From the days of The Andrew Sisters through the chart topping "girl groups" of the Phil Spector and Motown–era of the 1960s, woman have been a part of the popular music scene for decades.
But for much of that time, the music industry was a "boys club," where a woman's place was in front of a microphone following the direction of a male producer with male musicians laying down the music.
By the 1970s, that was changing.
Women became more involved in the music they were making. The Runaways, Fanny, Suzi Quatro, Heart, The Bangles and Melissa Etheridge are among those feisty females who kicked down the barriers.
With The Bangles back in action and coming to House of Blues on Oct. 10, it seemed fitting to spotlight some Region women who rock.
Munster native Lynn cites Janis Joplin, Grace Slick, Tracey Bonham and Fiona Apple among her inspirations. She wrote her first song at age 15 as a freshman in high school and joined her first band, I Say Gray, in 2007.
Lynn is currently lead singer and also contributes piano, bass and guitar in an original band called Dana Lynn & The Dirty Creeps who have their first album of all-original music ("American Dolly") coming out this month. The CD release party is scheduled at J.J. Kelley's, 2455 Bernice Rd., in Lansing on Oct. 29.
"We do garage rock/blues," she said of the group which features her longtime collaborators Johnny P. on guitar and Dave Z. on bass. All had previous played and recorded three albums as Lynxwail.
FYI: Watch for a new website launching this month, WWW.DANALYNNANDTHE DIRTYCREEPS.COM
"I feel very lucky to have never felt held back by being a woman in music," said vocalist/keyboardist Jodi Rosenthal of Highland, giving credit for that to the women who have rocked before her.
Rosenthal is band leader of Lying Delilah, a trio that makes music she describes as "piano rock, meets pop, meets blues, meets Broadway." Their latest 5–song CD, "Return To Love," came out this summer. It's the third original music disc from the group, whose geographical gig base spans the Great Lakes states, with a lot of shows in Chicago.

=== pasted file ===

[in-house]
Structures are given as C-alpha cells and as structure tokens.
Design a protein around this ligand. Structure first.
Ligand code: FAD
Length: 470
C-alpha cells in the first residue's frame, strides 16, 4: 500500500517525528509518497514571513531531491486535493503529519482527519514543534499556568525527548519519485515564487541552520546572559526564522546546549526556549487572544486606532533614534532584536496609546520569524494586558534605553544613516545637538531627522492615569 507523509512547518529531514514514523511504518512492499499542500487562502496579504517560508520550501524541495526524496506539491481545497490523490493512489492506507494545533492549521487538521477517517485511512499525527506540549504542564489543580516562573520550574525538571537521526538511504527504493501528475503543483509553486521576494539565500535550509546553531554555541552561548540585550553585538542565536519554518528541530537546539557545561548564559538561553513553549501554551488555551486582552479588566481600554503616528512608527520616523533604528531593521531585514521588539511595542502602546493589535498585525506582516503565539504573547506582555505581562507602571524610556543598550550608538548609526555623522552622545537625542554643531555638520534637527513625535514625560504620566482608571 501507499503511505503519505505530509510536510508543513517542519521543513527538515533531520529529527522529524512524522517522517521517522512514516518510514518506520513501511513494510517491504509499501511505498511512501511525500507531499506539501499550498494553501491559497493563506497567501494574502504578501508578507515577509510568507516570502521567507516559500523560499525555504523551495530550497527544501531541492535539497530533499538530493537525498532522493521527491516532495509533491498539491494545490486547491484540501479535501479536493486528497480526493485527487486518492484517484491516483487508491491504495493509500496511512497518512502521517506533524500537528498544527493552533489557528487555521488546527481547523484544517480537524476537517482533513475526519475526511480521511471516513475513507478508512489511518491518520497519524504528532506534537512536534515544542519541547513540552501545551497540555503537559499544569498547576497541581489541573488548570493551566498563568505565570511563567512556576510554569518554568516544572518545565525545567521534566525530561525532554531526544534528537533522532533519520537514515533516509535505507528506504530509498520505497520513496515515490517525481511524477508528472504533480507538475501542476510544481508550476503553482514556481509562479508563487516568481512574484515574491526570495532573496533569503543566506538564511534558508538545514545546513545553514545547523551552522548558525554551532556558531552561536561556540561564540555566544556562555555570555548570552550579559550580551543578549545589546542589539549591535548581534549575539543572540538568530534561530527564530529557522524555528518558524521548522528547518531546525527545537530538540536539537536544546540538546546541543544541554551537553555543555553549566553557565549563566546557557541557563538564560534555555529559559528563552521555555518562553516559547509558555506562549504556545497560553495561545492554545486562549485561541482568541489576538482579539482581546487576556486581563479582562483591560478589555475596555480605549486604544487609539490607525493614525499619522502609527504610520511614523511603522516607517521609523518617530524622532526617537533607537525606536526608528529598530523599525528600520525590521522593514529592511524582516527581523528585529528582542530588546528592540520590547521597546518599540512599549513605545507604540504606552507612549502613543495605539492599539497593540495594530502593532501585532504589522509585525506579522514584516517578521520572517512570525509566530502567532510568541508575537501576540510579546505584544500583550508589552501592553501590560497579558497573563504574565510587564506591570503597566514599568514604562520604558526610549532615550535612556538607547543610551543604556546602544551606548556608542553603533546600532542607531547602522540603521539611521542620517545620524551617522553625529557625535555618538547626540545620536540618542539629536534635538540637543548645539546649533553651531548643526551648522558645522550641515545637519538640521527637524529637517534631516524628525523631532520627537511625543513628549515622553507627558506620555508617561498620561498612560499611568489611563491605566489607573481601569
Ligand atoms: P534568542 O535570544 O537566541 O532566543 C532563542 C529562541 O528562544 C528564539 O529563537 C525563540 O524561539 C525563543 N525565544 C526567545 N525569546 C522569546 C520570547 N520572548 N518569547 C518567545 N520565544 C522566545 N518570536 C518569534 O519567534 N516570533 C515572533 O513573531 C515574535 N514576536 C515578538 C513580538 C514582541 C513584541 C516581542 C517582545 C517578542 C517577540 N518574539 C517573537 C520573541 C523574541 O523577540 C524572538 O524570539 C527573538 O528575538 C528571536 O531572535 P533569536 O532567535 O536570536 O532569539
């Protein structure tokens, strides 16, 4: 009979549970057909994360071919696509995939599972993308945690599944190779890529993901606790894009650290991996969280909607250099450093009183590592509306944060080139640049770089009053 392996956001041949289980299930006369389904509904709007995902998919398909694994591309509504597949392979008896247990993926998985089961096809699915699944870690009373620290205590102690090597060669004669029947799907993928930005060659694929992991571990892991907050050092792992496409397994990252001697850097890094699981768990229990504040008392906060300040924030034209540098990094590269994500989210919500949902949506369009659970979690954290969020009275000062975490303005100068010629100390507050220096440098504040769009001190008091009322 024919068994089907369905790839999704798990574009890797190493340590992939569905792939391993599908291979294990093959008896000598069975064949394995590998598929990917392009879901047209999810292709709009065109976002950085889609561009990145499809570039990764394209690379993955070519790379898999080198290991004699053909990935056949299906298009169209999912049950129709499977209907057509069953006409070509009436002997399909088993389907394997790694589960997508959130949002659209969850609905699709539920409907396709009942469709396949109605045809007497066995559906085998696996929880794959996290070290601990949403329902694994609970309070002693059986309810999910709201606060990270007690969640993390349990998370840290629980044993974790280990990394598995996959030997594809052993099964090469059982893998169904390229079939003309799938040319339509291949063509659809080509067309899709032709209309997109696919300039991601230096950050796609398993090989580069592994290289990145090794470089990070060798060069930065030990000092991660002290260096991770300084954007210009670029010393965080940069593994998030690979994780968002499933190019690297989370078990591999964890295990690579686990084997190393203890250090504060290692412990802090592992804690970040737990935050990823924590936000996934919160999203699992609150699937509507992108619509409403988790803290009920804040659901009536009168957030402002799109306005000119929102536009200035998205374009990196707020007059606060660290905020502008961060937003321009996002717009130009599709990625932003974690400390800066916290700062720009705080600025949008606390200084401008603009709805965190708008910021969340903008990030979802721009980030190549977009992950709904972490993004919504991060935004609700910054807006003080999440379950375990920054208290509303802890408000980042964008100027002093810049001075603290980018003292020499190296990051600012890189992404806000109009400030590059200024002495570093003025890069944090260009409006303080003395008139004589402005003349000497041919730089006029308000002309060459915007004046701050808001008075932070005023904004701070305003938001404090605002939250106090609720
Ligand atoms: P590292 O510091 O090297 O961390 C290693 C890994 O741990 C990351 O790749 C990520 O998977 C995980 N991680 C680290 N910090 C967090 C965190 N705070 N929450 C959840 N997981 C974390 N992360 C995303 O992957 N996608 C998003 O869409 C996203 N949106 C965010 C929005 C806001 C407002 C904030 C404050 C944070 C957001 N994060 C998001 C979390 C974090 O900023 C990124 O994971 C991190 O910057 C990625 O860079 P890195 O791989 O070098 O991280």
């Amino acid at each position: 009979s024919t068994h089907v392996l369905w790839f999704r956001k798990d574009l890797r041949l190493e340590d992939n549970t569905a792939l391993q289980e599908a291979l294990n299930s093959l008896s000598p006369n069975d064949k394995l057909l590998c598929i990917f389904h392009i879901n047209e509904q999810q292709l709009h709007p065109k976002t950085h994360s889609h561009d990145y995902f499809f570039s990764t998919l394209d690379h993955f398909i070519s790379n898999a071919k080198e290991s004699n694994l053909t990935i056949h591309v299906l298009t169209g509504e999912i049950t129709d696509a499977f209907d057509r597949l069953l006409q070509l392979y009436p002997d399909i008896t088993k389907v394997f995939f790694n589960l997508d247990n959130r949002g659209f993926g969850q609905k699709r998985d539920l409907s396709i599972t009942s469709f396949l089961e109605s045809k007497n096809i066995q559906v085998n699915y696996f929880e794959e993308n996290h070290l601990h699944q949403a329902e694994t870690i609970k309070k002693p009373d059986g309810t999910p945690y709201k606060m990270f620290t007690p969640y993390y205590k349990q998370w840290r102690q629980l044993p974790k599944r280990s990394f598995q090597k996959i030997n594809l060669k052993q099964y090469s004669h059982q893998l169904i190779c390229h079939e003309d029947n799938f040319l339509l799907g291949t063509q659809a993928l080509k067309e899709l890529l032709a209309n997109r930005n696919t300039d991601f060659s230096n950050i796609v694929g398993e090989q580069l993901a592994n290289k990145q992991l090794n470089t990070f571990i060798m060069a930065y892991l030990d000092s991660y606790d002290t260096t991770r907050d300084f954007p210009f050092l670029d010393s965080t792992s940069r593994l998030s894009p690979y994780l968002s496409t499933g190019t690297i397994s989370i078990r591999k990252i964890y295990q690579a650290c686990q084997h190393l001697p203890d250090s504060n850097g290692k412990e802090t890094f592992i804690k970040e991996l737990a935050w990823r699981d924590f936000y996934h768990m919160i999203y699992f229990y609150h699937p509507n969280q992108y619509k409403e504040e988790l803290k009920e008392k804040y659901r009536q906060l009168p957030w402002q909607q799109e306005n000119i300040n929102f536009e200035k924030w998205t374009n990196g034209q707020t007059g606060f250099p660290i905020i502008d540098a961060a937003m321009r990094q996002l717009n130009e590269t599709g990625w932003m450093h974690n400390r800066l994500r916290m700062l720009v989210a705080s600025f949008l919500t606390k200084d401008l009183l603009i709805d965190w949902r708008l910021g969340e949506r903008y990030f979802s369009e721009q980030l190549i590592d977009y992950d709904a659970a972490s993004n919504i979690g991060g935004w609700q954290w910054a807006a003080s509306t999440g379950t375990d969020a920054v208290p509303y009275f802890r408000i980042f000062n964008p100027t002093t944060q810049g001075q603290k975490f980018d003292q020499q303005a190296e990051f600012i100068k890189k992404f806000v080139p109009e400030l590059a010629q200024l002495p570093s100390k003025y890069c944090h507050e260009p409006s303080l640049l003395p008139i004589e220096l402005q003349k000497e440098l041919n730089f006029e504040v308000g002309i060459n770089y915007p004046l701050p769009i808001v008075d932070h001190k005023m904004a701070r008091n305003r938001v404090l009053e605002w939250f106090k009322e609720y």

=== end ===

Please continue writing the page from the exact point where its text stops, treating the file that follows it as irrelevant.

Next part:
"I have wanted to be a musician as long as I can remember. Probably since about second grade," said Rosenthal, who has been playing professionally for about eight years now and cites a broad spectrum of female artists -- Ella Fitzgerald and Carole King to Tracey Bonham and Veruca Salt -- as being her influences.
Rosenthal said she and her band mates -- Steve Pesich and Andrew Dumaresq -- still thrill "to hear your own thoughts, ideas, instrumentation come to life."
Lying Delilah's next gig is Oct. 8 at Martyrs, 3855 N. Lincoln, in Chicago, opening for the Ryan Montbleau Band. Catch them in Highland on Nov. 12 at Beer Geeks, 3030 45th St.
Schererville's Nicole Garza is leader of The Oh Geez, a nine–piece ensemble that performs and backs her up in the studio. "I am the sole writer in the group," said Garza. "I will bring them a piano arrangement and the band brings their own influences and arrangements to the table."
Garza's latest album of original songs, "Reinvented," came out in August and she co–produced it with Rick Barnes from Rax Trax Recording.
With deep roots in R&B, but still able to rock out, Garza describes her music as "commerical but eclectic." She adds, "I like to say it's soulful, funky, rock/R&B with world influences. It's very original." Her vocal influences include Whitney Houston, Aretha Franklin, Chaka Kahn, Bette Midler and Shania Twain.
Garza has a special place in her heart for The Bangles too. "When my mother was in the hospital with leukemia, I was 6 years old and would sing The Bangles' 'Eternal Flame' to her," she said. "To this day, she can barely listen to the song all the way through. It's such an inspirational and beautiful song, so The Bangles had a huge impact on me and my family with that song."
Among Garza's accomplishments during her nearly eight-year career as a professional performer has been to sing the national anthem for most of the major Chicago sports teams; being selected to sing as one of Chicago's Top 10 female vocalists; and being invited on stage to sing with Huey Lewis & The News.
Garza also moonlights away from her original music project as the lead singer/frontwoman of the Chicago party rock group Maggie Speaks, which tours across the country.
"You need to have the three d's," she advised to young ladies wanting to pursue a musical career. "Those are diligence, determination and dignity. Attack your career with those three things and there is no failing."